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J Am Dent Assoc. 2006 Oct;137(10):1419-25.

The effect of disinfectants and line cleaners on the release of mercury from amalgam.

Author information

1
Critical Issues Research, Division of Science, American Dental Association, 211 E. Chicago Avenue, Chicago, IL 60611, USA. batchuh@ada.org

Abstract

BACKGROUND:

Dental practices use disinfectants or line cleaners to flush dental unit wastewater lines to minimize odor generation, remove solid waste particles and remove biofilms in dental unit water lines (DUWLs).

METHODS:

The authors evaluated 47 disinfectants or line cleaners for their potential to release mercury from amalgam waste. They prepared each product concentration according to the manufacturer's recommendations and gently agitated it along with one amalgam specimen for 24 hours. They filtered the combined decanted liquid and rinse and analyzed it for mercury using modified U.S. Environmental Protection Agency method 245.1.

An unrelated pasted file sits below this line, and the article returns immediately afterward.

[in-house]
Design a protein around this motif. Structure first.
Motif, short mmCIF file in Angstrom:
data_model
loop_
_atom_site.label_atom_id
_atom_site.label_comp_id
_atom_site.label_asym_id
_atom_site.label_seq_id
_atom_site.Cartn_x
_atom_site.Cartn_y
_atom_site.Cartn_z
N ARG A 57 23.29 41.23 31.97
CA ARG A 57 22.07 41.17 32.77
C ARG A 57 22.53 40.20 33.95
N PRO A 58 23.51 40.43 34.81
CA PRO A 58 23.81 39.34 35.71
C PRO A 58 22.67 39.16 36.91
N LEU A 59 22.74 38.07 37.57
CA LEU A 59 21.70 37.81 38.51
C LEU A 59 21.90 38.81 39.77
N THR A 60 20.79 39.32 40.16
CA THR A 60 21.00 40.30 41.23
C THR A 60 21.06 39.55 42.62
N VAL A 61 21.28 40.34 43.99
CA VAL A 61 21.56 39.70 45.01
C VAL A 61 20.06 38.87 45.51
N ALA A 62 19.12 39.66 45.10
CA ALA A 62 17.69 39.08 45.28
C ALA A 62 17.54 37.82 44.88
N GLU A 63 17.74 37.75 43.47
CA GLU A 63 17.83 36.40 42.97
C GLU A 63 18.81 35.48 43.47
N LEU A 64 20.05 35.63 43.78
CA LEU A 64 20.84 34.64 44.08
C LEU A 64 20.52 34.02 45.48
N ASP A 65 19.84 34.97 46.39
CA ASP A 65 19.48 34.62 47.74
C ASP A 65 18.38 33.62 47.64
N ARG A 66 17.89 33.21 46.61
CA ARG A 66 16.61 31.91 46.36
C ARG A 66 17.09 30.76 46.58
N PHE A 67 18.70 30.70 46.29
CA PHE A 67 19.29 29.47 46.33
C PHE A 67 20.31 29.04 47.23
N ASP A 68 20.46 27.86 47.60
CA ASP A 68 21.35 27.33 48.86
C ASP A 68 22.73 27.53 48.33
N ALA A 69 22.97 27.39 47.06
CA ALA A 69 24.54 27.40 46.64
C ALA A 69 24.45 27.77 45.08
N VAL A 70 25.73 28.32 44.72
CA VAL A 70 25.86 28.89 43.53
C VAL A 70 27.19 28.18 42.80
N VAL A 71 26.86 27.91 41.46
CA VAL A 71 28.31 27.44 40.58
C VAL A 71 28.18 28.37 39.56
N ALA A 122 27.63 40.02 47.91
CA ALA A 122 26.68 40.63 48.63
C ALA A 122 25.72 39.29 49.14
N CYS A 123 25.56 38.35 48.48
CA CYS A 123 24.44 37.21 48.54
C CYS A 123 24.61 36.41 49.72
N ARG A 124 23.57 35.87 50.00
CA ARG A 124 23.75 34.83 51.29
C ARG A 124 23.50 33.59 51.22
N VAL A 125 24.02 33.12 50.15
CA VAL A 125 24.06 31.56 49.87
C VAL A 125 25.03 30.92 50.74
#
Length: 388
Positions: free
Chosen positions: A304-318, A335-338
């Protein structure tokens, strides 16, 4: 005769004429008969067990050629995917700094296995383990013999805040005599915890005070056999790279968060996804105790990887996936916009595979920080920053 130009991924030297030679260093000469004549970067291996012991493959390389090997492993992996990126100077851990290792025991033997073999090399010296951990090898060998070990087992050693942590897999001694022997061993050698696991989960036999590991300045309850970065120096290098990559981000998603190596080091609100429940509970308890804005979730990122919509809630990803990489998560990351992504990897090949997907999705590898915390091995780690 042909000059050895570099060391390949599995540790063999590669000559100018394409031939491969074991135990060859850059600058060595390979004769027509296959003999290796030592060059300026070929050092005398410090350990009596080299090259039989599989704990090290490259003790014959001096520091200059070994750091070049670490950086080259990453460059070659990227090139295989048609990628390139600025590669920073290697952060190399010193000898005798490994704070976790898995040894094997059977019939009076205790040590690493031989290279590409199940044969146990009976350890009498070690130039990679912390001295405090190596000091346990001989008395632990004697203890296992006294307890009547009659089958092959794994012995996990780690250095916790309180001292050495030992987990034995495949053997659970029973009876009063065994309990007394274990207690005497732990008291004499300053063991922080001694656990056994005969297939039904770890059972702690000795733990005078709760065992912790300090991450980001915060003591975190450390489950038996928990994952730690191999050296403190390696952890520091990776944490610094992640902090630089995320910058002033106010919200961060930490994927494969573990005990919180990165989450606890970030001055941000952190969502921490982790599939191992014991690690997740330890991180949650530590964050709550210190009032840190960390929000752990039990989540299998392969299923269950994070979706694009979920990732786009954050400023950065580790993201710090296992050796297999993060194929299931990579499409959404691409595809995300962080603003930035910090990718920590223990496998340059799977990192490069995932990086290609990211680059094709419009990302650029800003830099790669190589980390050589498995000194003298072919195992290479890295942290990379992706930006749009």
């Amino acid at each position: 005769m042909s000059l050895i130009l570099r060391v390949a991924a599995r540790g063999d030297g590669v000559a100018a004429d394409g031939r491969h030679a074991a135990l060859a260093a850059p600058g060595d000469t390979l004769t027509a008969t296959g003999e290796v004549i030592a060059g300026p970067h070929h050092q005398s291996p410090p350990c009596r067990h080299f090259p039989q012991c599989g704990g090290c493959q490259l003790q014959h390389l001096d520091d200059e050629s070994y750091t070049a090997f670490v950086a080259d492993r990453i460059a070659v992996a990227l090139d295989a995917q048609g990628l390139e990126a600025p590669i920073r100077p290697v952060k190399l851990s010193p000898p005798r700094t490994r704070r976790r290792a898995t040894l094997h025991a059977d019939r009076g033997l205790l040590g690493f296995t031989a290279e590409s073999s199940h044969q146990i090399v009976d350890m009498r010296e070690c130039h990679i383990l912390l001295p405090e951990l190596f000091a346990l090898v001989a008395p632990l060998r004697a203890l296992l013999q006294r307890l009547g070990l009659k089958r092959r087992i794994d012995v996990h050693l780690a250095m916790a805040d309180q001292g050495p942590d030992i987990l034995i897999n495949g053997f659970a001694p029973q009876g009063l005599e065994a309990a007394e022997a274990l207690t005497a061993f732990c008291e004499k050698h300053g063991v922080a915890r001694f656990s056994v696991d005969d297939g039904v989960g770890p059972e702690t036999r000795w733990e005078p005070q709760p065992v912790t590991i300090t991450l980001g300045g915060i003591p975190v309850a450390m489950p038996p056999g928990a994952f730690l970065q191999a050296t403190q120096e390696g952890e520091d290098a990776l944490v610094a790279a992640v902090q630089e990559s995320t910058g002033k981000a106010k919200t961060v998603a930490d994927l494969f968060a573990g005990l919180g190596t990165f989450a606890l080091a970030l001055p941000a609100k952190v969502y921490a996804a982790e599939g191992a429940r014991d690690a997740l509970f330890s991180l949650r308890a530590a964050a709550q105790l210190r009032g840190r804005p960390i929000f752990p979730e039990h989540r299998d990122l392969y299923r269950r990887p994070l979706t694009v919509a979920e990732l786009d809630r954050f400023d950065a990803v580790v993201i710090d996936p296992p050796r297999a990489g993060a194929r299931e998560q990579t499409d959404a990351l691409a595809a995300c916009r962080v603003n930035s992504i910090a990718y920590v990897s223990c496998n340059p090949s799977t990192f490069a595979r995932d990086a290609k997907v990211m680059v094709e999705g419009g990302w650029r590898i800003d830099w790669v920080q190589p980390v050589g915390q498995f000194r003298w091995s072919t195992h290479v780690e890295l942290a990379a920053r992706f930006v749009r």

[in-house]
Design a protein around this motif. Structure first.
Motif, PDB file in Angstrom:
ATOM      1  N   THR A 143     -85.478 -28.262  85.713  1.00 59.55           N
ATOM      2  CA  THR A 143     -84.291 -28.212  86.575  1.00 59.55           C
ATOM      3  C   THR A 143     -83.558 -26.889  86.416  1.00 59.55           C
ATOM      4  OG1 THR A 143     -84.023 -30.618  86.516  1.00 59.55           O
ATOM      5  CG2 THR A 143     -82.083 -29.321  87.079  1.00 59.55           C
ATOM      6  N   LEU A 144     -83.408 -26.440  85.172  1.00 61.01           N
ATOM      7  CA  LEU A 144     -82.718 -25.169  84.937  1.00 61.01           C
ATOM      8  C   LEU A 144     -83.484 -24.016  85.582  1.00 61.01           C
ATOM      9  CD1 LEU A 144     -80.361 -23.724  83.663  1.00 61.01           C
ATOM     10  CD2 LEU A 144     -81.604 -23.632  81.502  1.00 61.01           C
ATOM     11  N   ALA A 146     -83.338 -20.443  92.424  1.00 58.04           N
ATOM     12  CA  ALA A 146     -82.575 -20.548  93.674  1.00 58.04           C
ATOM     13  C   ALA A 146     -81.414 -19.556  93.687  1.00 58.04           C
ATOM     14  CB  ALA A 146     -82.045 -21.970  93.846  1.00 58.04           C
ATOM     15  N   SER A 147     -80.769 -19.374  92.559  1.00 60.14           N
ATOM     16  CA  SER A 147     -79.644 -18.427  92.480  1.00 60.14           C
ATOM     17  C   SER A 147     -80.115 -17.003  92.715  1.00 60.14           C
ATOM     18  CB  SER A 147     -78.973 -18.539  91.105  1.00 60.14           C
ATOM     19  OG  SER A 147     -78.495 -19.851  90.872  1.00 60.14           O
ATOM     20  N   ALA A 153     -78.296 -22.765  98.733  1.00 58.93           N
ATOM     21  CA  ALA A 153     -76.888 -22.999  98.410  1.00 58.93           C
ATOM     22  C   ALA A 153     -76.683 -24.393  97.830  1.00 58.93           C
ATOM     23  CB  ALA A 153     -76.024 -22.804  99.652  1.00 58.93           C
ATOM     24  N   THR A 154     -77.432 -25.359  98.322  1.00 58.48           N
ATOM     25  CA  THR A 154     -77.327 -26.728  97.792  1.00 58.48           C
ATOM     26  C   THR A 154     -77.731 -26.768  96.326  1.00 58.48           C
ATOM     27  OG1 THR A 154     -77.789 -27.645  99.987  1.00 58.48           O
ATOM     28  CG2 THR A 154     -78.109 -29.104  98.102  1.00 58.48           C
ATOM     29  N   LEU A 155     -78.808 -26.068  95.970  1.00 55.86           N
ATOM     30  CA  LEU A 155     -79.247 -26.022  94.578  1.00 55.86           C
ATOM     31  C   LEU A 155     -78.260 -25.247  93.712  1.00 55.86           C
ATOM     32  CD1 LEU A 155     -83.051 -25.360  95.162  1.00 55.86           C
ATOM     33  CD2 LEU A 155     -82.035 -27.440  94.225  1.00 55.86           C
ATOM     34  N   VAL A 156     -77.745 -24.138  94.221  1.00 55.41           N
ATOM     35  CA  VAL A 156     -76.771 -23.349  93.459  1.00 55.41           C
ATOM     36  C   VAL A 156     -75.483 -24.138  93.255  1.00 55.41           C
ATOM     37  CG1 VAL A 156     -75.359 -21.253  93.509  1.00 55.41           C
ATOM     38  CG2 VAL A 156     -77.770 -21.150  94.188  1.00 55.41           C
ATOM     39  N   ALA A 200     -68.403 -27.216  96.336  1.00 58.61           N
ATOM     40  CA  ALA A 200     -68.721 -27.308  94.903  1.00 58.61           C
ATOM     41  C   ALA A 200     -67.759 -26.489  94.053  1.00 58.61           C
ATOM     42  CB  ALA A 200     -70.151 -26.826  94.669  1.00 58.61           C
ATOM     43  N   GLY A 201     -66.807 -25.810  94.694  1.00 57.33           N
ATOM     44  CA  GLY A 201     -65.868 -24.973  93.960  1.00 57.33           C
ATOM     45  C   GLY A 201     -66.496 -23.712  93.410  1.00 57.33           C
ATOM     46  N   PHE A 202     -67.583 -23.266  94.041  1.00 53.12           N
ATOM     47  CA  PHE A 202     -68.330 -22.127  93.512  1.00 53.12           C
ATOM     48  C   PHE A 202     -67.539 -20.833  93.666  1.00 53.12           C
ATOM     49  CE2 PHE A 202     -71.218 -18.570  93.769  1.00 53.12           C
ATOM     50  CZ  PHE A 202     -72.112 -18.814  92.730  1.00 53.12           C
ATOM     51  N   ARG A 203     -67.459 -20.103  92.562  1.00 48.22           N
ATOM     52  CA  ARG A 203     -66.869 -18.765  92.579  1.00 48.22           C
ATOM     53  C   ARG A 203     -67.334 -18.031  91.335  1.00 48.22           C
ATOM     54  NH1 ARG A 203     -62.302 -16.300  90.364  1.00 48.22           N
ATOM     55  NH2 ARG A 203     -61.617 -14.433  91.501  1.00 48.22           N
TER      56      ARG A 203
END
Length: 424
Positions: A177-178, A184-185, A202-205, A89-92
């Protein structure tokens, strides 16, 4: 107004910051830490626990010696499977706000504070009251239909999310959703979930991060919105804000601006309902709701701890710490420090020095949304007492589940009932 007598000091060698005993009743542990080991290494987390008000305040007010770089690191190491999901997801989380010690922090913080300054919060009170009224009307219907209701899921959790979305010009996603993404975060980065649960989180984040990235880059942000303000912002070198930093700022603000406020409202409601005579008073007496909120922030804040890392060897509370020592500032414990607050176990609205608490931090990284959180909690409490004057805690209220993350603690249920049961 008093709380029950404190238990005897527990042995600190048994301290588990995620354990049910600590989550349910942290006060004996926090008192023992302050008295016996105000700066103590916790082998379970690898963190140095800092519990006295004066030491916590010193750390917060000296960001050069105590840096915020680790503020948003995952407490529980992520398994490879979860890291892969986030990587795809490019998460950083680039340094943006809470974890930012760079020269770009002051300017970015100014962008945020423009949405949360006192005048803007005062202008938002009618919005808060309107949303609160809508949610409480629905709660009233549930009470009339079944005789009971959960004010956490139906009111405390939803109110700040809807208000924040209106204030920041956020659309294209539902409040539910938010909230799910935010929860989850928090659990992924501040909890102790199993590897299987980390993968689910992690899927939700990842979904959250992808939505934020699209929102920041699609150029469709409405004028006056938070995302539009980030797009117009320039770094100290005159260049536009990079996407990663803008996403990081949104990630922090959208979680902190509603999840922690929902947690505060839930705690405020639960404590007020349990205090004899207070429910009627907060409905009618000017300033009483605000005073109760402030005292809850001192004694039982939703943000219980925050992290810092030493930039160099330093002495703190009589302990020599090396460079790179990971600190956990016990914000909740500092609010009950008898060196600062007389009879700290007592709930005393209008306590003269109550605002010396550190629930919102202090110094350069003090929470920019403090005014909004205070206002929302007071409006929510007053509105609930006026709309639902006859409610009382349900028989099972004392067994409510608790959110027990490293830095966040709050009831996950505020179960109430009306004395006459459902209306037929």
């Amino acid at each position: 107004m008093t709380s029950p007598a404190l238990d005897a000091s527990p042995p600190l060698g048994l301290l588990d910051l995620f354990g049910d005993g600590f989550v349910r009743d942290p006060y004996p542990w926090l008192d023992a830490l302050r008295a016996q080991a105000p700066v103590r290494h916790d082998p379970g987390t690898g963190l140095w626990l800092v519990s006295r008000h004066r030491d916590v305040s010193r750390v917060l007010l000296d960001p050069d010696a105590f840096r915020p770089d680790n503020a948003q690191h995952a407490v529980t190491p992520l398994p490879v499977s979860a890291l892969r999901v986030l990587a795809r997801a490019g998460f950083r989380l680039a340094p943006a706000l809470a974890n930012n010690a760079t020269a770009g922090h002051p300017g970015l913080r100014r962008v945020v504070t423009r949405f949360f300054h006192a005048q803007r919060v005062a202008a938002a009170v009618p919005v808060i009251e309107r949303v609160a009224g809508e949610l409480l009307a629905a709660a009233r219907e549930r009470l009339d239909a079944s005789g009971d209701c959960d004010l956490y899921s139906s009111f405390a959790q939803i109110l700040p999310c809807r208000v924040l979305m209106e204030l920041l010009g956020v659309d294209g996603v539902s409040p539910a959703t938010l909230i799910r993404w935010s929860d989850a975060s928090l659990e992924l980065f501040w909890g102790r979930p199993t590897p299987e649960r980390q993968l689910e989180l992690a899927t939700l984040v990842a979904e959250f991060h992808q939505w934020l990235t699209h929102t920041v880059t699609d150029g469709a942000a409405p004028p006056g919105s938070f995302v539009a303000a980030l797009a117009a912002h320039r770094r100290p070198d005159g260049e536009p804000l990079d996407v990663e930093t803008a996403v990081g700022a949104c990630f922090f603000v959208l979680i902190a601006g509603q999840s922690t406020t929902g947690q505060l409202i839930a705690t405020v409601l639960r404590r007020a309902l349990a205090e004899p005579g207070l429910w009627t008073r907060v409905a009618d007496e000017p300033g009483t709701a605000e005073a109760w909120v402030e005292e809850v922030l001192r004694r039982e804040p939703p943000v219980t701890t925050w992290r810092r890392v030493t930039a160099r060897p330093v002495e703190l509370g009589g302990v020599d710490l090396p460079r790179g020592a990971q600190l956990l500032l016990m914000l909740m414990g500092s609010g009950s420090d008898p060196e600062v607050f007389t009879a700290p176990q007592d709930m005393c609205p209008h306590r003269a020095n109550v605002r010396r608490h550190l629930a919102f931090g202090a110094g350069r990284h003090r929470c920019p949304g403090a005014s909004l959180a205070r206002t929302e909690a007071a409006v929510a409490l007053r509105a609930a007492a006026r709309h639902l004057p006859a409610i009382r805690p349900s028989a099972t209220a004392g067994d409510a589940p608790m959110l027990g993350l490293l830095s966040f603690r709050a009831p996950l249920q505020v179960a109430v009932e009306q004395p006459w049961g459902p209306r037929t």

RESULTS:

Six preparations released significantly more mercury from amalgam (about 17 to 340 times) than did the deionized water control (P < .001). The amount of mercury released by the other disinfectants/line cleaners was not statistically different from that released by the control. The pH values of all preparations ranged from 1.76 to 12.35.

CONCLUSION AND CLINICAL IMPLICATIONS:

This study and other published reports have demonstrated that preparations containing chlorine release more mercury from amalgam than did some other products and the deionized water control. As a result, the use of these products is not recommended for treating dental office wastewater lines or DUWLs.

PMID:
17012722
[Indexed for MEDLINE]

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